A seemingly perfect family life is upended follow a harrowing accident in “Penguin Bloom”, the new Netflix family drama from Australian director Glendyn Ivin. The film is based on the acclaimed book from photographer Cameron Bloom and New York Times bestselling author Bradley Trevor Greive. It tells a story so sweet and uplifting you’d swear it was fiction. But it’s actually based on a moving true story and brought to life through the sincere and resonant performances from Naomi Watts and Andrew Lincoln.
Sam Bloom (Watts) lives a fun and adventurous life. She loves to surf, loves nature, and loves to travel. She and her husband Cameron (Lincoln) have passed on their love for life to their three rambunctious but goodhearted young sons. But everything changed during a family vacation in Thailand. While taking in some local scenery from the roof of their hotel, an old wooden guardrail breaks sending Sam plunging 20 feet to the hard ground below. As a result of the fall Sam broke her back and was left paralyzed from her chest down.
Back home following a long rehabilitation, Sam struggles to adjust to life in a wheelchair. Ivin along with screenwriters Shaun Grant and Harry Cripps make sure their film doesn’t sugarcoat Sam’s physical and emotional challenges. Watts, an Academy Award nominated actress, makes every aspect of it real for us, whether its something like her inability to roll over in bed or in visualizing the tortuous psychological toll which leads to a deep depression. Watts is too good of an actress to let her character sink into sentiment. Even as the movie hits us with its non-intrusive yet very familiar emotional cues Watts keeps her character grounded, never losing sight of the human element.
Hope comes in the most unlikeliest of places when their oldest son Noah (Griffin Murray-Johnston) finds a baby magpie alone on the beach. He brings it home and names it Penguin. The family instantly warms up to Penguin except for Sam. But over time an unexpected attachment forms between the two. Soon Sam is caring for the young bird which in a thoughtful way represents her longing to be a mother for her own children the way she once did. And as Penguin overcomes her own adversity and learns to fly, Sam begins to realize that maybe she can too.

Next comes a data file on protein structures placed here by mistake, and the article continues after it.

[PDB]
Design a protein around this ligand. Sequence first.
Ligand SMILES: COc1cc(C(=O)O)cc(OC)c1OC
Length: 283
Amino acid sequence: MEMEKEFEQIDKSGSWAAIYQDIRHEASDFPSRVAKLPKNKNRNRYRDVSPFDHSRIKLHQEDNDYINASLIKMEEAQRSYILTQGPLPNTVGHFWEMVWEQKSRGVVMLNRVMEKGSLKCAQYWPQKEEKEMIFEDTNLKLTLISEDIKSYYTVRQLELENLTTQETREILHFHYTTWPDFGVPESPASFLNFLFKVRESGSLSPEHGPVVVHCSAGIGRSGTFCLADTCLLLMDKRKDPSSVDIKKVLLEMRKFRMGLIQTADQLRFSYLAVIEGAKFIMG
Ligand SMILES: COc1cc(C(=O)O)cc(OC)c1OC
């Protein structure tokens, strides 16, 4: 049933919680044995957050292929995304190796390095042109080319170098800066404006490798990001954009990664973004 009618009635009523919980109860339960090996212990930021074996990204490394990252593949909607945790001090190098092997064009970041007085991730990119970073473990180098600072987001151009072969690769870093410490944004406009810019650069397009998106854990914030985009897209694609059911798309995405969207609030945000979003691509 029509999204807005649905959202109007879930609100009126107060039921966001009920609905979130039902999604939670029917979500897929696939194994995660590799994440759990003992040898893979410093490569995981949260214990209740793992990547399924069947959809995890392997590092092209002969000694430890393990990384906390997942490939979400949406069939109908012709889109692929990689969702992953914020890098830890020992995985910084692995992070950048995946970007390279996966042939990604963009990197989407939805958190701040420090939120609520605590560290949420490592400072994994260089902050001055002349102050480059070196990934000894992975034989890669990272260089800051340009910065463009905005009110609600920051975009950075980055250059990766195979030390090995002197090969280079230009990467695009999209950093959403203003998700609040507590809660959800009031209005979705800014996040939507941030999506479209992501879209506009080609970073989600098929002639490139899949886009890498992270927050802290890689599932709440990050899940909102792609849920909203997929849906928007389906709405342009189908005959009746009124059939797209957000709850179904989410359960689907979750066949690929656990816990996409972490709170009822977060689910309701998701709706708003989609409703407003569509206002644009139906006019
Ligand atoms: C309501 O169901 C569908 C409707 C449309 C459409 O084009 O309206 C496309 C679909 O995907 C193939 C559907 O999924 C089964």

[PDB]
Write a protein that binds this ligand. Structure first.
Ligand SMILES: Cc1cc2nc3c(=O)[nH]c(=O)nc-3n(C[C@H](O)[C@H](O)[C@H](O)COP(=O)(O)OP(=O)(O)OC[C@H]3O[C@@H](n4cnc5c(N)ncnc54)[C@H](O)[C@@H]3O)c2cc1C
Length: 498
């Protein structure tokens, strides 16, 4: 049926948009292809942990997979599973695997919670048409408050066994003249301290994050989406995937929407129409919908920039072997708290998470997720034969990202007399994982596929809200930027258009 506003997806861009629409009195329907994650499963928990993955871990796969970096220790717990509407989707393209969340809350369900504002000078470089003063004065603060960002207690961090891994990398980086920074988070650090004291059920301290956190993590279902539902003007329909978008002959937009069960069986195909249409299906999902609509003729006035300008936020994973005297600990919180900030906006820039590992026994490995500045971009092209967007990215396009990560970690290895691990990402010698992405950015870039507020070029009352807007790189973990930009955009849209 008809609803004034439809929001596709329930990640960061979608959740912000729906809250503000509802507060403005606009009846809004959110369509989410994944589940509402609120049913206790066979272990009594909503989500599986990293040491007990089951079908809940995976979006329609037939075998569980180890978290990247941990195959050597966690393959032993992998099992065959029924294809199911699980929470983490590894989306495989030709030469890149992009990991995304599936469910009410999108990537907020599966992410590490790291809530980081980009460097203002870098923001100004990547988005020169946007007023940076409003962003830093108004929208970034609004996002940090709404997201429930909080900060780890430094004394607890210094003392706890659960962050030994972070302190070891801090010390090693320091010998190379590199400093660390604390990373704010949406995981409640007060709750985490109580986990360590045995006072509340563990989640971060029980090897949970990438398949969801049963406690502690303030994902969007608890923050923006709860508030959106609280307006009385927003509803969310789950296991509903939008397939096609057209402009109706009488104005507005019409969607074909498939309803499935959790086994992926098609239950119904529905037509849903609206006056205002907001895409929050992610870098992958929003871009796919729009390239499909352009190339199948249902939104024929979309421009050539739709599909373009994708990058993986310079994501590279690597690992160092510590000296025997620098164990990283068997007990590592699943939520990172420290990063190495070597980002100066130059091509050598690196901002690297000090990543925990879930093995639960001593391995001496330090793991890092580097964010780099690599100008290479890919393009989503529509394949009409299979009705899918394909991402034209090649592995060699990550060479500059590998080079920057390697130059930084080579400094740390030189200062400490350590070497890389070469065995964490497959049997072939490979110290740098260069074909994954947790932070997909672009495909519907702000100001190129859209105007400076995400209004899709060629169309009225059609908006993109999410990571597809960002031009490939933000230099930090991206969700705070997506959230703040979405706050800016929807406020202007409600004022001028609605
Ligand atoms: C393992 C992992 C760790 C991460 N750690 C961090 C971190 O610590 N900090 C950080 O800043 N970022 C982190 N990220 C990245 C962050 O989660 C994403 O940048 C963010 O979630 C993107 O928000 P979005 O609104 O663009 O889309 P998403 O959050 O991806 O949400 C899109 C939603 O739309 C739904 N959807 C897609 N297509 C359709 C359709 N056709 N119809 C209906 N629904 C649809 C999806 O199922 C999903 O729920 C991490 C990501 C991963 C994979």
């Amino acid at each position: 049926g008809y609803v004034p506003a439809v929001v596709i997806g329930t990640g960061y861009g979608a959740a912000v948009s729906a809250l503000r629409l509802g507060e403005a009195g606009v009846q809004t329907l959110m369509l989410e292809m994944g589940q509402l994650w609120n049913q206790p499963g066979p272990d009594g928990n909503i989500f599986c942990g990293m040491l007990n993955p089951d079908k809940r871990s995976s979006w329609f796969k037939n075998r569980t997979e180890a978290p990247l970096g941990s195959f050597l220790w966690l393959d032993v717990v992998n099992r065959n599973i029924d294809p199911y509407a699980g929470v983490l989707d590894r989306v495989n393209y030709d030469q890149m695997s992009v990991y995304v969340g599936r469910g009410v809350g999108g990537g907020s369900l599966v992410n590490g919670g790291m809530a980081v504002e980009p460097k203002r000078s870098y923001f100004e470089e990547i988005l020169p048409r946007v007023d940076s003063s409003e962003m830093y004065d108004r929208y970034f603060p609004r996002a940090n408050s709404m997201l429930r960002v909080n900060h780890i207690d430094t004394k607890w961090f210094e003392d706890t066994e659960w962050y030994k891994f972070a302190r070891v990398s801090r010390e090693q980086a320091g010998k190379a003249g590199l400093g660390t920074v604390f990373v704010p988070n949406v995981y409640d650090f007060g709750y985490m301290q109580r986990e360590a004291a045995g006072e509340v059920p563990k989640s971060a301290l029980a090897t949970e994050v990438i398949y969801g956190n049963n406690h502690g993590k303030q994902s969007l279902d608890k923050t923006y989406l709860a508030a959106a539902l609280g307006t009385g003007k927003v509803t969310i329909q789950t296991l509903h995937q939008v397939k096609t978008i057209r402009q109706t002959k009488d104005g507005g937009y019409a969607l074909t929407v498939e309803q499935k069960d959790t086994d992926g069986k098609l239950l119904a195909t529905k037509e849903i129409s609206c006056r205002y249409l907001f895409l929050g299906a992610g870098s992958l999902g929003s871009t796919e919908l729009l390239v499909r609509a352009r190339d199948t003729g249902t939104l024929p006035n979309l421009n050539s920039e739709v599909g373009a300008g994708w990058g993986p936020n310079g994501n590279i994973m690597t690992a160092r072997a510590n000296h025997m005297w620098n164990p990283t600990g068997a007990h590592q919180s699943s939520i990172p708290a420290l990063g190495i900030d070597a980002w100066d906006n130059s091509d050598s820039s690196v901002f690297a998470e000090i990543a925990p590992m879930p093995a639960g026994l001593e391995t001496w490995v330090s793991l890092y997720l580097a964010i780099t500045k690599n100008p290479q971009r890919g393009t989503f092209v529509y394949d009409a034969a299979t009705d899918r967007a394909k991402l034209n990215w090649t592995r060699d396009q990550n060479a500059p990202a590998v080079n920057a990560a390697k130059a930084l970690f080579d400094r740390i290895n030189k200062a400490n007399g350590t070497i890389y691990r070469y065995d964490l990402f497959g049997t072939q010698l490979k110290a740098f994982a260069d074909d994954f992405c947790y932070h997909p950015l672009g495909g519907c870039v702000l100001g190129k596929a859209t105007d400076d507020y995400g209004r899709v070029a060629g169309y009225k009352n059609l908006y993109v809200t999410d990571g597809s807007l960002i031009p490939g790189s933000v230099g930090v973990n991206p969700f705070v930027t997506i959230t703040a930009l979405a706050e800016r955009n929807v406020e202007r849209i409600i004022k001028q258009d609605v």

While subtlety isn’t the movie’s strength it gets the family dynamic just right. Lincoln’s low-key performance makes for a nice fit. His character fills in the cracks of the story by offering a look at Sam’s struggle from the family’s complicated point-of-view. And young Murray-Johnston has a lot of appeal playing a boy trying to adapt but missing his mother terribly. “It’s like mom was stolen from us,” he says in narration. He also battles guilt, blaming himself for his mother’s fall since he’s the one who wanted to go up to the roof. Jacki Weaver is great but underutilized playing Sam’s overbearing but well-meaning mother Jan who often speaks without a filter.
“Penguin Bloom” is a life-affirming story about overcoming adversity and rediscovering the love for life. It’s biggest problem is that everything is pretty much by-the-book. Don’t expect any original ideas or big surprises. It follows a tried-and-true feel-good formula that hits the normal beats and ends right where you expect. Yet it still makes for good viewing because of the heart-warming true story and the wonderful performances that bring it to the screen. They make us care, feel empathy, and root for this family to not only cherish their old adventures but find new ones as well.”Penguin Bloom” is now streaming on Netflix.
VERDICT – 3 STARS